Fashion / Fashion Feature

A tribute – 8 fashion campaigns that got us thinking the way we do

In my previous role working as a fashion art director - much of my time was spent researching deep into the archives of fashion imagery, compiling endless folders of work that made impressions on me. Some of the most thought provoking campaigns came out of the 90s and 00s and are some of the reasons why we shoot, think and reference fashion imagery the way we do today.

These are more than just photos in fashion marketing. They were pivotal statements in politics, race, sex and gender that planted a lot of the seeds in the many ways we interact with fashion today and how we think.

I share with you the works of some of the legendary minds in the eight best ad campaigns that provoked thought, set different standards and inspired us that maybe it's okay to do things differently.

 

 

United Colors Of Benetton by Oliviero Toscani

United Colors Of Benetton

 

I don't know anyone who works in the arts that didn't have their lives changed in one way or another by United Colors Of Benetton. Iconic and controversial imagery in the way of fashion campaigns, conversations were definitely stirred and rightly so.

Photographer and art director Oliviero Toscani is the one responsible for such a vision. Joining Benetton in 1982, Toscani orchestrated vivid and thought provoking imagery to make commentaries on sexuality, inequality, politics, race, aids, social rights, war and religion to name a few. To me, these campaigns were pivotal in bringing anti-fashion/fashion imagery to mainstream fashion advertising.

 

United Colors Of Benetton

 

To use the fashion marketing space as a platform to relay such vivd messages was considered quite avant-garde for the time (with an exception of punk and the 70s). Benetton is a great case study of a fashion brand that started selling clothes without actually caring to photograph them. Benetton were more involved in selling an idea and then letting us decide if we wanted to be part of their team. Since then, we have seen many brands follow suit, taking inspiration from the anti-fashion advertising model that Toscani and Benetton became an authority for. Most certainly, a pioneer in using the popularity of the fashion industry to inject much needed social commentary. I wonder sometimes, where would we be as a creative industry if we never had these images to challenge our thinking?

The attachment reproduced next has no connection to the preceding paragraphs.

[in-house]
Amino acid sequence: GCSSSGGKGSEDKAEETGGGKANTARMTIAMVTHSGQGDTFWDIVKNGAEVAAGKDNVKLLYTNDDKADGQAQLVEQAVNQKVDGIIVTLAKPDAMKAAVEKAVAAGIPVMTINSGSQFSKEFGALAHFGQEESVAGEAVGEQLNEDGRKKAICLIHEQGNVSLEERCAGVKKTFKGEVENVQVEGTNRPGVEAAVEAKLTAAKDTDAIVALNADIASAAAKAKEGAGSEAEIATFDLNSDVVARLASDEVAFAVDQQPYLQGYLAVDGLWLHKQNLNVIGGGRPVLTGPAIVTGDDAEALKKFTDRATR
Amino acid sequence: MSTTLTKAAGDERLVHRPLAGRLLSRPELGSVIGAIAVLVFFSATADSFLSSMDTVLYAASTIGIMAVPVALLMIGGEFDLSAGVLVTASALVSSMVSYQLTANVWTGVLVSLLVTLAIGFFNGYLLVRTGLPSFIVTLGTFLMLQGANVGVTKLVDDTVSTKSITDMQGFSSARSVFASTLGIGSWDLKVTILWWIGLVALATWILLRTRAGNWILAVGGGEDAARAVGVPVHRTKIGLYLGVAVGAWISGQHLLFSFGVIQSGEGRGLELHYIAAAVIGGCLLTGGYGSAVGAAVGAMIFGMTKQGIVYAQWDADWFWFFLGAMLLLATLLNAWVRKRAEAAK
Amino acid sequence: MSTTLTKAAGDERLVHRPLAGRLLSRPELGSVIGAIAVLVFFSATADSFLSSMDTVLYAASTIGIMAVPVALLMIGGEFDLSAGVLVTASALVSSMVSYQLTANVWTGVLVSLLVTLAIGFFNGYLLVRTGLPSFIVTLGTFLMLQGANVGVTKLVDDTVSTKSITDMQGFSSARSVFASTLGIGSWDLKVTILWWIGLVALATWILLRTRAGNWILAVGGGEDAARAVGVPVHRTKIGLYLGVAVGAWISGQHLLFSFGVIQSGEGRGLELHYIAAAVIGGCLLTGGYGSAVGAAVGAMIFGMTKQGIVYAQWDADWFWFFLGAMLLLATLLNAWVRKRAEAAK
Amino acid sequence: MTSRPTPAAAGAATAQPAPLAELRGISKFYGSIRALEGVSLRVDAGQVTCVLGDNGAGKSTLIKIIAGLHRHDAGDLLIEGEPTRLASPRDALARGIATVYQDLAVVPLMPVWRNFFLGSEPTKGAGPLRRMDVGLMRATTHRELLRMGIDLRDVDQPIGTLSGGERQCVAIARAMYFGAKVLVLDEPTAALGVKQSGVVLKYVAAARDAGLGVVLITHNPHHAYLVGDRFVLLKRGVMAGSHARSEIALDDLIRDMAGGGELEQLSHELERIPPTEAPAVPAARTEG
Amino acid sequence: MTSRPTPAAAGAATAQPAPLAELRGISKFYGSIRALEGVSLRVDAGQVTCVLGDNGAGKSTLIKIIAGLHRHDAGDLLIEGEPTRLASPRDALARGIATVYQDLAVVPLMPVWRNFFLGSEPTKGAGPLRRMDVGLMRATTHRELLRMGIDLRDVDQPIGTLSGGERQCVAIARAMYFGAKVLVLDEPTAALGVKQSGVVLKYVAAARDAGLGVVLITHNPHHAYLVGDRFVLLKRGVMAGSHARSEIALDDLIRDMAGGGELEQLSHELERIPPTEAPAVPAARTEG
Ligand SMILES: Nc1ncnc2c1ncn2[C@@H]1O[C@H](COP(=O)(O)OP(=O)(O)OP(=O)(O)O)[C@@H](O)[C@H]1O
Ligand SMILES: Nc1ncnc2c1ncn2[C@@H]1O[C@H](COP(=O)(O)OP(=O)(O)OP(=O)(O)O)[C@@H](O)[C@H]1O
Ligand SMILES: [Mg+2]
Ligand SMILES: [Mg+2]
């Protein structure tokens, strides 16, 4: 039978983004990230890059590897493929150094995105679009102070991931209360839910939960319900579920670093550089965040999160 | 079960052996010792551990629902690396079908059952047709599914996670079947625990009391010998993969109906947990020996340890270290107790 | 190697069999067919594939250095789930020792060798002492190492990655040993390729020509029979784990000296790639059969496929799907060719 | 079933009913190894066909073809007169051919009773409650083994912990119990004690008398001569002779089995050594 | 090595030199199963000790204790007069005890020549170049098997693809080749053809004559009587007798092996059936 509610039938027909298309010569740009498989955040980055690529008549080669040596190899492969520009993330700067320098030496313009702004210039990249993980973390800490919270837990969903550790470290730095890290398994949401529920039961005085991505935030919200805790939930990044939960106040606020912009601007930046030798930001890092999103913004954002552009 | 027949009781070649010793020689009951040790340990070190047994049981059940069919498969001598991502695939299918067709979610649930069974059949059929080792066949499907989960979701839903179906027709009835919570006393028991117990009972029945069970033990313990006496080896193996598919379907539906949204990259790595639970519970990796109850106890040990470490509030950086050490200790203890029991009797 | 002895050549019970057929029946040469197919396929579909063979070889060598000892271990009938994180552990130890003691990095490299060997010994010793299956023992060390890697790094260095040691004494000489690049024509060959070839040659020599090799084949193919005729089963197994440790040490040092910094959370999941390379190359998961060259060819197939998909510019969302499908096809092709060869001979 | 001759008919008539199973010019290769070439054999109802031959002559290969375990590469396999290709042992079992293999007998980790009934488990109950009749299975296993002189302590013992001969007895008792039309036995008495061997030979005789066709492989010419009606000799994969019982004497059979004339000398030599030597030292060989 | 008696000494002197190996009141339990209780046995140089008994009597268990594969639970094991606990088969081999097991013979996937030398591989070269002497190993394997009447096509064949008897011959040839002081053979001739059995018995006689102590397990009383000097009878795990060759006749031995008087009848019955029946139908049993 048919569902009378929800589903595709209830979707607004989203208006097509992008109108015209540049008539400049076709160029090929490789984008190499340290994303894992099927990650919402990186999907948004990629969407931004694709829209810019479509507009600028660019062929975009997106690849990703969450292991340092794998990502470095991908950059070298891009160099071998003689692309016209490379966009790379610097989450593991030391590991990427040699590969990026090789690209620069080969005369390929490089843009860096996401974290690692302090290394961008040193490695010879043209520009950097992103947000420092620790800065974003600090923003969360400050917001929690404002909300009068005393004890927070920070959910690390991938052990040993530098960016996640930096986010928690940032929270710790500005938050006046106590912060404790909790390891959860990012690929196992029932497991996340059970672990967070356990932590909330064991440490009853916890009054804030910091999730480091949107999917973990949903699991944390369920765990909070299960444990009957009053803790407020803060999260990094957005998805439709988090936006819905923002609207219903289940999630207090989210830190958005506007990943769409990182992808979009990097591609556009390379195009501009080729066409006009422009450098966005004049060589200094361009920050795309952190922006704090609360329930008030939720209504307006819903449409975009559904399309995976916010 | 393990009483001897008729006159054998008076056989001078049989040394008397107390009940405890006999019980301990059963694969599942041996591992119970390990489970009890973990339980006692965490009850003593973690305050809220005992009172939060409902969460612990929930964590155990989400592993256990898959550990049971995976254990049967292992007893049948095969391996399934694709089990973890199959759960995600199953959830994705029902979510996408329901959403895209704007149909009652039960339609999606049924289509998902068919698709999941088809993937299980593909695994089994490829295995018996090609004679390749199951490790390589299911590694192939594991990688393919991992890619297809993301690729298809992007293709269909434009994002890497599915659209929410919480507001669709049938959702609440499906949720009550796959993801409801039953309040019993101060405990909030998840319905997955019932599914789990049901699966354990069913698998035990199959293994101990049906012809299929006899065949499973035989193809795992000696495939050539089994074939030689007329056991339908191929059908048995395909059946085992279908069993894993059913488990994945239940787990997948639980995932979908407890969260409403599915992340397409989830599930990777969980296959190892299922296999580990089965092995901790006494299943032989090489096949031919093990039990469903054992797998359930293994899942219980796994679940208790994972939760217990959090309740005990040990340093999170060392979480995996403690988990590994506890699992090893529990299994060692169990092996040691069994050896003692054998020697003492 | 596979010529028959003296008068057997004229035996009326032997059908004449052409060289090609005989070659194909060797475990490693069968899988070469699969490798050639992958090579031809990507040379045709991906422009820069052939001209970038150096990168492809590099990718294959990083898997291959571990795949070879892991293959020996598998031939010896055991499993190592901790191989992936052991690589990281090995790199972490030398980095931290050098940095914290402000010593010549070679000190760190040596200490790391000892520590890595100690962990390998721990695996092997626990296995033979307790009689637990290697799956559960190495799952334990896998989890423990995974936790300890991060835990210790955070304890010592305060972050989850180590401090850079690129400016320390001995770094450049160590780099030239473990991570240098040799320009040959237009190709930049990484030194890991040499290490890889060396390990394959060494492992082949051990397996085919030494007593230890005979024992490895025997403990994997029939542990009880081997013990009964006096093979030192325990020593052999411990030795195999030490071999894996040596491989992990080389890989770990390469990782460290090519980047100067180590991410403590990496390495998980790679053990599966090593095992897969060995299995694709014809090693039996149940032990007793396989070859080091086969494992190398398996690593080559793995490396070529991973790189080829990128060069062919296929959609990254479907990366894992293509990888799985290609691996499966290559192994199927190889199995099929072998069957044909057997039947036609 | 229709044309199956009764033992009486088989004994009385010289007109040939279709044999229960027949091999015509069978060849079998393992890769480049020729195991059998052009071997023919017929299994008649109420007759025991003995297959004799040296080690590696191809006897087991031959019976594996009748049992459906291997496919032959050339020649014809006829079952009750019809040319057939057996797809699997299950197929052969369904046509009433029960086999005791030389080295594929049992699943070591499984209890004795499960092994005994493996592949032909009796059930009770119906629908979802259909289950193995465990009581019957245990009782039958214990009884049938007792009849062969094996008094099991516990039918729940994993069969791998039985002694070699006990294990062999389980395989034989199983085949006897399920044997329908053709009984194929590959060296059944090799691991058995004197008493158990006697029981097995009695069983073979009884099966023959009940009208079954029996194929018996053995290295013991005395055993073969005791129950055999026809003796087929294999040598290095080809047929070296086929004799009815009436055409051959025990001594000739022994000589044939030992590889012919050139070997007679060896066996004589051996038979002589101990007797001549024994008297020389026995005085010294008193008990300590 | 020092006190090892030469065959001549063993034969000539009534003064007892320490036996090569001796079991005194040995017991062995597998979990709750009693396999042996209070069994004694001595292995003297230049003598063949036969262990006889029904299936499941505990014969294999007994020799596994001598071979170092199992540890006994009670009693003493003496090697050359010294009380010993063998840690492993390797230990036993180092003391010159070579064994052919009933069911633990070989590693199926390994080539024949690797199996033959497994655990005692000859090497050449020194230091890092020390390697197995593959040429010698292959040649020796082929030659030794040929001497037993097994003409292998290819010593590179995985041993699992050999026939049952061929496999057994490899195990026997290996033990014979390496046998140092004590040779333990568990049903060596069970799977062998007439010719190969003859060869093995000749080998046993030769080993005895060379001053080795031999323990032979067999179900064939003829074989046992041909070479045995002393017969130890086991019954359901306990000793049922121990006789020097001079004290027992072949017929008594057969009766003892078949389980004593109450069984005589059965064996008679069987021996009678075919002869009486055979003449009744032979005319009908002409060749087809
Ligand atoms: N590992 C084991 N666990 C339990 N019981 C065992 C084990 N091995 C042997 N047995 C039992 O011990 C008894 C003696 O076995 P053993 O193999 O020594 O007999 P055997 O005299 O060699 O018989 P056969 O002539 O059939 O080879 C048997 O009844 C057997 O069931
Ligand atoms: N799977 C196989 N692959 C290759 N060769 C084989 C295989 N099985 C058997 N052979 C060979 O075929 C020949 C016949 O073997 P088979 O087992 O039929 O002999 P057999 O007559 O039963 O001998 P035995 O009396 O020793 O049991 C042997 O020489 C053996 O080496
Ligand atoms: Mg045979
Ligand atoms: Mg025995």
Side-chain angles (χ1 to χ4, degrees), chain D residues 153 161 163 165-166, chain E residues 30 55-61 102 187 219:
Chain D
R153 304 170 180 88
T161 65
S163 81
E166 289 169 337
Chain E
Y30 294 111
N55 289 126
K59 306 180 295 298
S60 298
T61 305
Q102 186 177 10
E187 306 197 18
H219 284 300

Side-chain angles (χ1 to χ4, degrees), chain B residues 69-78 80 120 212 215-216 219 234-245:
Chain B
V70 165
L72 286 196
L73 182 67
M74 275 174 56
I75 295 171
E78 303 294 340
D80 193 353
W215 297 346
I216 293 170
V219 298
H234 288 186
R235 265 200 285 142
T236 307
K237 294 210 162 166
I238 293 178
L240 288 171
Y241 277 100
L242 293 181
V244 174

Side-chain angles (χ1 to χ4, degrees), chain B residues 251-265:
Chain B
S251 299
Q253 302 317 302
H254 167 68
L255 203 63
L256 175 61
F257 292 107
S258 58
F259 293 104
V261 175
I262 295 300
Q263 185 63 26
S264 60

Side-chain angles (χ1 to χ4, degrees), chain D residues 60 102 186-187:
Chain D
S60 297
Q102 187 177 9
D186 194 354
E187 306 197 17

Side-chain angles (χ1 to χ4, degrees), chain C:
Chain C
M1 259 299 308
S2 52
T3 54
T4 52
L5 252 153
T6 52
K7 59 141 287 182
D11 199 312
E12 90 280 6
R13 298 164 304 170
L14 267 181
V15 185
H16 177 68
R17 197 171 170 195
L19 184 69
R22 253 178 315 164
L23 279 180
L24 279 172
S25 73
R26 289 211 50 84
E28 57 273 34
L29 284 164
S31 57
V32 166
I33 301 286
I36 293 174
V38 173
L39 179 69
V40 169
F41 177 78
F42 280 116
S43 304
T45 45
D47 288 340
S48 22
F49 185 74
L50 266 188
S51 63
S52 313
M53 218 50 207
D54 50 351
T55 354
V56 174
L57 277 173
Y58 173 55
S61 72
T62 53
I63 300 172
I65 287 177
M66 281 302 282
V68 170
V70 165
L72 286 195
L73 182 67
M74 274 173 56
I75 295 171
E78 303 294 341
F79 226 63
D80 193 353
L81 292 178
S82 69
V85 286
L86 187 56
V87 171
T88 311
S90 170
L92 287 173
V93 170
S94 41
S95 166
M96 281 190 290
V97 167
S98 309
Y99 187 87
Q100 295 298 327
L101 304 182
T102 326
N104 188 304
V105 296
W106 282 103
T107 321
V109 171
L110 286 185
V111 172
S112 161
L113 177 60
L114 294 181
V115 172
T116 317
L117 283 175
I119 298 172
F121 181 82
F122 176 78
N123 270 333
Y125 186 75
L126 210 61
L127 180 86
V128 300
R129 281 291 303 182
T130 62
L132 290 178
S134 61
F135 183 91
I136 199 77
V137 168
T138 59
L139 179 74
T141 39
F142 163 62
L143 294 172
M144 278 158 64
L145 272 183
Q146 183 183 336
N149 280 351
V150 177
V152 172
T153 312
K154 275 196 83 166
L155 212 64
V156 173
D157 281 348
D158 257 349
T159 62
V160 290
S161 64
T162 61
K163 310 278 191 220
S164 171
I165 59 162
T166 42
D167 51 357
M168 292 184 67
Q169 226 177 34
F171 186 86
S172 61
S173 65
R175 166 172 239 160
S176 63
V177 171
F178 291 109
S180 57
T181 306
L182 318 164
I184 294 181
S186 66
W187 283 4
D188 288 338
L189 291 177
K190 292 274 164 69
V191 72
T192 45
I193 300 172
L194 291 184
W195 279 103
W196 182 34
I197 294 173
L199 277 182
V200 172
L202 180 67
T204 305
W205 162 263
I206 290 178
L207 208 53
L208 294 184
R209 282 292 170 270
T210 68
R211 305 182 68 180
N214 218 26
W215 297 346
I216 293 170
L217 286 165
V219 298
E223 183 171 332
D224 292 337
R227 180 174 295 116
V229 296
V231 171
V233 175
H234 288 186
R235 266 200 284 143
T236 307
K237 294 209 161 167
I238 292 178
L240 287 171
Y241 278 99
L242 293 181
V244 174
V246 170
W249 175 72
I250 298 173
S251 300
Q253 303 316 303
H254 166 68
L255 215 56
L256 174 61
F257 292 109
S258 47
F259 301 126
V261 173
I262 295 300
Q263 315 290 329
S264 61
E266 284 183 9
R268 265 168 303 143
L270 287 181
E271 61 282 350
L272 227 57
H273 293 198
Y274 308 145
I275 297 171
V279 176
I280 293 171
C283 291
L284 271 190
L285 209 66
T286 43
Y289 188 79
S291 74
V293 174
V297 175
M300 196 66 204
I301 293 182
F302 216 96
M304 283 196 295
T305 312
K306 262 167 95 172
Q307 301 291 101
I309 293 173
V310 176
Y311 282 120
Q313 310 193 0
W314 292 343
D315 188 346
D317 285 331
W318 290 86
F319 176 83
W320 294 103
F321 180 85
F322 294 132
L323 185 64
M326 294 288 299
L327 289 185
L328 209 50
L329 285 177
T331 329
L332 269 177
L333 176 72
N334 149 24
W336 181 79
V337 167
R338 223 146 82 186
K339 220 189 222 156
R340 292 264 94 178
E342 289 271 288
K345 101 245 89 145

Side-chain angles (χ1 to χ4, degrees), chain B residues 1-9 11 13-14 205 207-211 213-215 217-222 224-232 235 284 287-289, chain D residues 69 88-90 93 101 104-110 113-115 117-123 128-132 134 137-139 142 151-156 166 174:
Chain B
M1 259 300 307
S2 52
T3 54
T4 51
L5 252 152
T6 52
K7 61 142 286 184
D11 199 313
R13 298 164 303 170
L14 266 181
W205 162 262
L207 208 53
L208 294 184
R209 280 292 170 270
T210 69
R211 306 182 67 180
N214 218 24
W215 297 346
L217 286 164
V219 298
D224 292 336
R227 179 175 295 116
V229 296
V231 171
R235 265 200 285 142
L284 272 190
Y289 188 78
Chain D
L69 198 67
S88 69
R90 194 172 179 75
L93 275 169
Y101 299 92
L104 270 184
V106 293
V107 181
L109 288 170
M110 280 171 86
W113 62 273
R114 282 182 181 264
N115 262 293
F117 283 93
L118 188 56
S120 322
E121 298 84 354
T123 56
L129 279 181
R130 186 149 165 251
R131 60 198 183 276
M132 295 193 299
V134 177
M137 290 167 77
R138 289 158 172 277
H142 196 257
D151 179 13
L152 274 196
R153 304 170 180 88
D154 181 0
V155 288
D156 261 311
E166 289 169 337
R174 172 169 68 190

United Colors Of Benetton

 

 

Comme Des Garcons by Collier Schorr and Keizo Kitajima

Comme Des Garcons Shirt

 

This wouldn't be a feature about great campaigns that circuited the 90s and 00s without paying a mention to the brilliant mind of Rei Kawakubo and her work with the campaigns of Comme Des Garcons.

Photographed and captured by some of the greats - Cindy Sherman, Collier Schorr (above), Keizo Kitajima (below) and Peter Lindbergh, Comme Des Garcons eclectic approach to fashion campaigning and communication remains unparalleled.

 

Comme Des Garcons

 

Whether it was for fragrance, shirt or collection, Comme Des Garcons also seemed to care less for actually shooting their clothes and instead invested more into creating timeless and compelling images. Collaborating with various artists and ad campaigns featuring dogs, birds, poetry and even elephants - I often reference Comme Des Garcons and what they achieved as I find it as boundary pushing today as it was back in their time.

 

 

Yohji Yamamoto by Ferdinando Scianna

Yohji Yamamoto

 

Yohji Yamamoto's A/W 1993 campaign shot by Italian photographer Ferdinando Scianna would have to be one of my most favourite campaigns of all time.

Timeless and moving, this one almost feels more like art than fashion which is why it feels so much more endearing. This campaign captured by Ferdinando Scianna draws one to genuinely feel, appreciate and comprehend Yohji Yamamoto on a whole other intimate level because it doesn't explicitly force you too.

This campaign taught me from early in my career that a fashion image doesn't have to mark any boxes or expectations.  Sometimes they say, a photo speaks a thousand words and this is one campaign I always resonate that too.

 

Yohji Yamamoto

 

 

Abercrombie & Fitch

Abercrombie & Fitch